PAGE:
Teaching Your Own Novel - A Risk Well Worth it!
It was a risky chance. This year I decided to read my novel, The Legend of Mickey Tussler, with my 11th graders. Teaching my own book to my students has been both surreal and rewarding.
First, the opportunity to see my characters and story through the eyes of my students has been incredibly illuminating. Obviously I am intimately acquainted with my work, but I have never looked at it through the lens of the classroom and curriculum. Second, and much to my delight, the feedback I have received from my students has helped me to see that the construction of the story and the development of the characters are indeed successful. It is so gratifying to hear students make observations about imagery, characterization, and motif-comments that an author only dreams about experiencing. And what a rush it was for me to learn that so many of the girls in my class loved the book too – many finished it in just three days!!
The value in this process for students lies in the unusual opportunity to “ask the author” what he/she was thinking or attempting to accomplish throughout a novel. How many times has a teacher heard the question, “Mrs. Jones, how do you know that the author meant to use the flower as a symbol of life?” So many of these young folks are incredulous and unwilling to accept the idea that author’s pay attention to craft as much as they do the actual story that they are unfolding. Teaching your own novel takes care of that! This atypical engagement between reader and author is so helpful with regard to demonstrating writer’s craft and also becomes fodder for so many wonderful discussions.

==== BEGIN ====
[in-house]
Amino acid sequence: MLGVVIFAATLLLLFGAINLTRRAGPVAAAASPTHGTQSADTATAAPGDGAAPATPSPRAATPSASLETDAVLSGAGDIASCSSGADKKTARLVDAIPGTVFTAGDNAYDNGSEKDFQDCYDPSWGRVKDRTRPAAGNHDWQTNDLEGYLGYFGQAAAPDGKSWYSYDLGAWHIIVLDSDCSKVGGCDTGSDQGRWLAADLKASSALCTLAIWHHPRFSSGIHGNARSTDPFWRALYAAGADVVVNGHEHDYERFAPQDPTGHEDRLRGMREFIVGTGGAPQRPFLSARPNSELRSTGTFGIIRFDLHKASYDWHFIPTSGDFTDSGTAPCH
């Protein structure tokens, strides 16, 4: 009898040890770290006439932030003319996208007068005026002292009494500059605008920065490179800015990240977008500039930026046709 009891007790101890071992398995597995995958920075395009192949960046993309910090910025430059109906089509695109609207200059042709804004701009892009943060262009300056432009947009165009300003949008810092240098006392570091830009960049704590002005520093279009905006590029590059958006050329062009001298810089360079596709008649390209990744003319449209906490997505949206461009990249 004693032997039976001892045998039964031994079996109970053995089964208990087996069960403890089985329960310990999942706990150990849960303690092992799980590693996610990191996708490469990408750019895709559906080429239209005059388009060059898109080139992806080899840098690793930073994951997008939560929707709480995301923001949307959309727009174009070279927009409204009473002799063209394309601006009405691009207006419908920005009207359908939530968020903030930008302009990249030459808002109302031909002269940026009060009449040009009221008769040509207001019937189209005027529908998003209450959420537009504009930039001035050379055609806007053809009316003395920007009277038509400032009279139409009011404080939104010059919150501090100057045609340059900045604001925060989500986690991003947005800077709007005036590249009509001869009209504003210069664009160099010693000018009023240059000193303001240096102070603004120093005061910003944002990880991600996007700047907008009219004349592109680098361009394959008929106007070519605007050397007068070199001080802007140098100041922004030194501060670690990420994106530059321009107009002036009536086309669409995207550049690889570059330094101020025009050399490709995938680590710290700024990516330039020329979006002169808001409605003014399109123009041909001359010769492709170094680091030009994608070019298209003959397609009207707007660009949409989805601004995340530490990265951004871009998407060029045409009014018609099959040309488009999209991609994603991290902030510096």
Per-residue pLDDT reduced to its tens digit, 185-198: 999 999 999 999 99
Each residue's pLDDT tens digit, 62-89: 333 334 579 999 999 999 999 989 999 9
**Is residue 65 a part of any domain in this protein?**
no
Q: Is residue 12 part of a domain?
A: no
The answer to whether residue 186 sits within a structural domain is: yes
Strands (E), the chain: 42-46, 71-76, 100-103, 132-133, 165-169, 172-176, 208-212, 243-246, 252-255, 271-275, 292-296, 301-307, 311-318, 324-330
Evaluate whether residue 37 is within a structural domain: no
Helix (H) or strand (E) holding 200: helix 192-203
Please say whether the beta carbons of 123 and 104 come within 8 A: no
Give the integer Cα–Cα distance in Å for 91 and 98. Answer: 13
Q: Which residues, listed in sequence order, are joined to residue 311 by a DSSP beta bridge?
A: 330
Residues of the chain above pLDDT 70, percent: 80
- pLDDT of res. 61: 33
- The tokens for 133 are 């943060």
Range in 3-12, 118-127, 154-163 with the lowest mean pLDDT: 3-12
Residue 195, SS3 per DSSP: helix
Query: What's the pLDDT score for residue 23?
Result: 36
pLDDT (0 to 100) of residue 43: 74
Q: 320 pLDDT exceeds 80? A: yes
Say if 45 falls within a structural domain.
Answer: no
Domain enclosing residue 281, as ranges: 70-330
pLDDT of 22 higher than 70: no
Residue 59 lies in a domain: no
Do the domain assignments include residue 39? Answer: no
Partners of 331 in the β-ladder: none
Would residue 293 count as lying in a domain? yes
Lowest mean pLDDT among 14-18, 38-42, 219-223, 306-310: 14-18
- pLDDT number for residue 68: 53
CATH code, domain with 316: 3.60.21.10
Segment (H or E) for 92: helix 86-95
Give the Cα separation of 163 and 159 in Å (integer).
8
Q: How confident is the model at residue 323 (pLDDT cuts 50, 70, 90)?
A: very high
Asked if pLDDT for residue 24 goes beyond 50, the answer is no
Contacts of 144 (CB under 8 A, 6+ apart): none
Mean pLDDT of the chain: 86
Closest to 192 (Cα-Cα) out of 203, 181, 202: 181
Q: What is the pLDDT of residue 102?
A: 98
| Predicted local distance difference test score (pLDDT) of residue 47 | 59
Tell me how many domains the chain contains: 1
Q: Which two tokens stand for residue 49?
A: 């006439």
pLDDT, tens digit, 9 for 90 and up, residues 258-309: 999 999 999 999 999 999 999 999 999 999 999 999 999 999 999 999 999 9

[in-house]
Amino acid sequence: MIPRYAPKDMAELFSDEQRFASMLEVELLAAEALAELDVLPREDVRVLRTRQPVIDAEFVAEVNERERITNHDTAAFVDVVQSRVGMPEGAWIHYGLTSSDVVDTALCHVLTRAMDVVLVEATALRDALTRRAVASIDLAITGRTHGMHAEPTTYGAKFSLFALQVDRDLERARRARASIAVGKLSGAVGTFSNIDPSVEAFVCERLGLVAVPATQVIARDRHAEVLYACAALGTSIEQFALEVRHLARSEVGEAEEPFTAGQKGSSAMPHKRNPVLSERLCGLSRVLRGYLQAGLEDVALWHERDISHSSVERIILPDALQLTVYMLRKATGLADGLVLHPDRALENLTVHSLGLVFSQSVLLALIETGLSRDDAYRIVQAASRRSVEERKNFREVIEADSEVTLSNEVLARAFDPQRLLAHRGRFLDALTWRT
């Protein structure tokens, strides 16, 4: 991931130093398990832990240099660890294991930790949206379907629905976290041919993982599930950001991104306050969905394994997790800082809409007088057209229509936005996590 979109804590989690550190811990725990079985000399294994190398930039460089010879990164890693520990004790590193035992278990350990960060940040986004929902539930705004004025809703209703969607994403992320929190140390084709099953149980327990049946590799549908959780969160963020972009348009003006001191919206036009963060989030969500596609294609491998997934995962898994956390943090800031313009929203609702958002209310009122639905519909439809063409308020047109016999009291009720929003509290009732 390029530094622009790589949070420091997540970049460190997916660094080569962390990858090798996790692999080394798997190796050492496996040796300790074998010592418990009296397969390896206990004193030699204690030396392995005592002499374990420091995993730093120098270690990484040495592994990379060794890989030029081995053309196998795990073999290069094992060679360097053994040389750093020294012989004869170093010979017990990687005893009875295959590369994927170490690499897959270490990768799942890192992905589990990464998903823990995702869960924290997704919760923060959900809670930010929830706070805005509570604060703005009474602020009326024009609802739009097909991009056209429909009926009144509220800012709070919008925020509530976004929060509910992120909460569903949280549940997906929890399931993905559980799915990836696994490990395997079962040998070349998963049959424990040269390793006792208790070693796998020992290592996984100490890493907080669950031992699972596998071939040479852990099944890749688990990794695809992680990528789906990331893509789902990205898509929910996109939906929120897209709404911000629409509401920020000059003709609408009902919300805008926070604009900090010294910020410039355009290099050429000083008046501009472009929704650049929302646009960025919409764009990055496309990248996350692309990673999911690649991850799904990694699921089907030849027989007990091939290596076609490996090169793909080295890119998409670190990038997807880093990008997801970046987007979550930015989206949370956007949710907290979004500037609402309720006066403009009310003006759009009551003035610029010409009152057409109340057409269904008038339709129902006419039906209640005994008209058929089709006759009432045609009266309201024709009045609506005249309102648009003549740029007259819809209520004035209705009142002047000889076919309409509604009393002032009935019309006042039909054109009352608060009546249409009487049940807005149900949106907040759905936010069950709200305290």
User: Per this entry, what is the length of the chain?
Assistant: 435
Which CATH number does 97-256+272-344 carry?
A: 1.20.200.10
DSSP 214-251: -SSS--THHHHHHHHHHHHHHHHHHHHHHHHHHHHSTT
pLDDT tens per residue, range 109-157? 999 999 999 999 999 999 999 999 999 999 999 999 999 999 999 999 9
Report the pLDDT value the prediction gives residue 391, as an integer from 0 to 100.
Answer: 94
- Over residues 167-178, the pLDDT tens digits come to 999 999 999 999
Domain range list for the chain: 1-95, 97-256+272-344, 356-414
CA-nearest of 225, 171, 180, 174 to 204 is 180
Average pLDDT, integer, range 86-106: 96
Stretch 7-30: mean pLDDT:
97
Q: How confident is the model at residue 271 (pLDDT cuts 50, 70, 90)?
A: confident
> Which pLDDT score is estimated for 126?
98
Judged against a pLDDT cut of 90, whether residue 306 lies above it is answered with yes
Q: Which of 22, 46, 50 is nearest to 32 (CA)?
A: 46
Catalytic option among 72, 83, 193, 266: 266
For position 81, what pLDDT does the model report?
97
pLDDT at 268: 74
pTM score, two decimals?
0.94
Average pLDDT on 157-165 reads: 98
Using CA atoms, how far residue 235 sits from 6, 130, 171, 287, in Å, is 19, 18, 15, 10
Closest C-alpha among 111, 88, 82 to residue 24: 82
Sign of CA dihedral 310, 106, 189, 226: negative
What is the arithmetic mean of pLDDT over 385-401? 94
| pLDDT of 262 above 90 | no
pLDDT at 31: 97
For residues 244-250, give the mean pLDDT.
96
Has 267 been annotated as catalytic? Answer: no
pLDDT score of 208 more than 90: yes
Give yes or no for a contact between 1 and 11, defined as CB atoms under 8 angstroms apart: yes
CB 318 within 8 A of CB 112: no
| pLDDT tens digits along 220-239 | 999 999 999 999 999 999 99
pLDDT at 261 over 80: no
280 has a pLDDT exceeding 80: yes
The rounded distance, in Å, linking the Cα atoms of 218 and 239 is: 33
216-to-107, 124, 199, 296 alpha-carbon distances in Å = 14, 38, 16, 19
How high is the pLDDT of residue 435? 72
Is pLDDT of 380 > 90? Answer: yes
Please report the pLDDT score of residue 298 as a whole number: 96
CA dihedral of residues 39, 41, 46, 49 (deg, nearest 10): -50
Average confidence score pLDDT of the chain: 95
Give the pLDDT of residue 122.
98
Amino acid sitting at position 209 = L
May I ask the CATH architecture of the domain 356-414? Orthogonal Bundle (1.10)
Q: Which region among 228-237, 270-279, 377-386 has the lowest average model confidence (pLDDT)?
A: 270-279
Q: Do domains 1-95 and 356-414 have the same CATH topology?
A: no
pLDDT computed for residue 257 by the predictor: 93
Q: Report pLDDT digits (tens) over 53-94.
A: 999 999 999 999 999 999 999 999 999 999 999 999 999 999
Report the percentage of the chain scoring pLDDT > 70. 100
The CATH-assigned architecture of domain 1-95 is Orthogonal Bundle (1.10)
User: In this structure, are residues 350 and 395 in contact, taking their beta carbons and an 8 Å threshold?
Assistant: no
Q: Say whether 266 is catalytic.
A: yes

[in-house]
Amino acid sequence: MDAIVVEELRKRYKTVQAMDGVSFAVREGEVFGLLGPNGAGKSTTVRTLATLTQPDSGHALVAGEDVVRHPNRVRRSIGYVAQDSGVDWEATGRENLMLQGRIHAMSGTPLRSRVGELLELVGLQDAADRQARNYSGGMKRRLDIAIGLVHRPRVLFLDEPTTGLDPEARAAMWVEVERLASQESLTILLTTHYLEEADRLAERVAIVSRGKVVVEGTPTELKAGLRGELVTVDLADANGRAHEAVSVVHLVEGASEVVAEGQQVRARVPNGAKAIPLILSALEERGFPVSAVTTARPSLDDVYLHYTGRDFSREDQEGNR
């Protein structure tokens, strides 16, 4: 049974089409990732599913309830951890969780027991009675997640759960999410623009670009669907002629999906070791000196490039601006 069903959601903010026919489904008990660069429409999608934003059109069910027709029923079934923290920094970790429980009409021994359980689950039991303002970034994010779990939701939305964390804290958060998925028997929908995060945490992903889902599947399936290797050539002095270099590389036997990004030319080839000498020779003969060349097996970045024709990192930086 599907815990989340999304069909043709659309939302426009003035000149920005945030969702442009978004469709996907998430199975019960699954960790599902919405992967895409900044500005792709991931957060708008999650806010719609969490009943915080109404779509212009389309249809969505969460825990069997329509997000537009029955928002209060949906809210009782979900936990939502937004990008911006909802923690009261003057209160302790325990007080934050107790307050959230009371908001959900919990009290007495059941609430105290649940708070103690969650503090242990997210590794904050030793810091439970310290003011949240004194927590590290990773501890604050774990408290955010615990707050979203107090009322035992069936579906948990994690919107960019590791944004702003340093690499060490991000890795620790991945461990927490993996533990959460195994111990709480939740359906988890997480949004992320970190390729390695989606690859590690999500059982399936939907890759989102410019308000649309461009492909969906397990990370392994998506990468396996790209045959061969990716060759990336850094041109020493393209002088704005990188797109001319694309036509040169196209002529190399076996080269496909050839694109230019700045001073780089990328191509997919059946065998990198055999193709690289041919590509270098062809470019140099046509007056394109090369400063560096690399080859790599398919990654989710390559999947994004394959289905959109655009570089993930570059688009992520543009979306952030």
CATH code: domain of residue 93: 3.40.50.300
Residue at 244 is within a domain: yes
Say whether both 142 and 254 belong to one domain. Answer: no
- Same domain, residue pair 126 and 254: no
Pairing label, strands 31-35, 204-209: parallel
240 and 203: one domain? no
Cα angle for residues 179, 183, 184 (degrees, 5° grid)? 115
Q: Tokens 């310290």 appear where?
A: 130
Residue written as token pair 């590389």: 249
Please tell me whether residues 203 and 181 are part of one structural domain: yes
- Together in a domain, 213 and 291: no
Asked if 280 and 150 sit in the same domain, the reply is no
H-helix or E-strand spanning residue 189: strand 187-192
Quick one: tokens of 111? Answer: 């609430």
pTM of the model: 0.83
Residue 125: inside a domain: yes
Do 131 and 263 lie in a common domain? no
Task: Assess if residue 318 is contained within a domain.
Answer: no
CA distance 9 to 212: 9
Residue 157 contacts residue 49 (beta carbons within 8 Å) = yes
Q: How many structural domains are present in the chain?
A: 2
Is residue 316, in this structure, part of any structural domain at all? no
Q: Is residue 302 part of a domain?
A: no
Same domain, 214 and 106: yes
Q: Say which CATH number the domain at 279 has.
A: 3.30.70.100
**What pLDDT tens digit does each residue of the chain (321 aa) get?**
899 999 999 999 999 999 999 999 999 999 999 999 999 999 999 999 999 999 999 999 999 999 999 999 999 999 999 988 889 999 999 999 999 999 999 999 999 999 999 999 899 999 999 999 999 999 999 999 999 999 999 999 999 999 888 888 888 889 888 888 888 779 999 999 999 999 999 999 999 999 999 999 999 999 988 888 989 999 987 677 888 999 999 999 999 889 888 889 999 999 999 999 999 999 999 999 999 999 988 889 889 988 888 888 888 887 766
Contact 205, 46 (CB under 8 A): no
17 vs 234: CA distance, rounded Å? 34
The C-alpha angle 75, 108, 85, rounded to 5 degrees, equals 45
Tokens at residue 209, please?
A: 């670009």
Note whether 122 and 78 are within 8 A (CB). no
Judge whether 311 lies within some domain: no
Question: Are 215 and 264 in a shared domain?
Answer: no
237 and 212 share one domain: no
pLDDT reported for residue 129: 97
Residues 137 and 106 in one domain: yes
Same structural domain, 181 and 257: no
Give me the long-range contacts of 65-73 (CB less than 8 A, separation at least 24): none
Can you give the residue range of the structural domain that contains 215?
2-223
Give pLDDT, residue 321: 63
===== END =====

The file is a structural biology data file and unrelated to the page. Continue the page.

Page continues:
And the questions are so endearing...despite the fact that it is still “just a book” and that reading remains fairly low on most adolescent’s things to do…they are all amazed that their teacher actually wrote the book they are reading and discussing in class. It reminds me that there is hope and that teenagers even today can still appreciate books and creativity.
The most humorous question exchange thus far...
Student: “Mr. Nappi, are you famous now?”
Teacher: “Famous? No, I wouldn’t say that.”
Student: “But your book is a movie, and you just wrote another one too.”
Teacher: “Yes, that’s true. But I’m not exactly in the same league as F. Scott Fitzgerald yet.”
Student: “But people know who you are, right? Like if you died, would your picture be in the newspaper?”
Teacher: “I’m not so sure - possibly - but let’s not test it, okay? I’m not ready to find that out just yet.”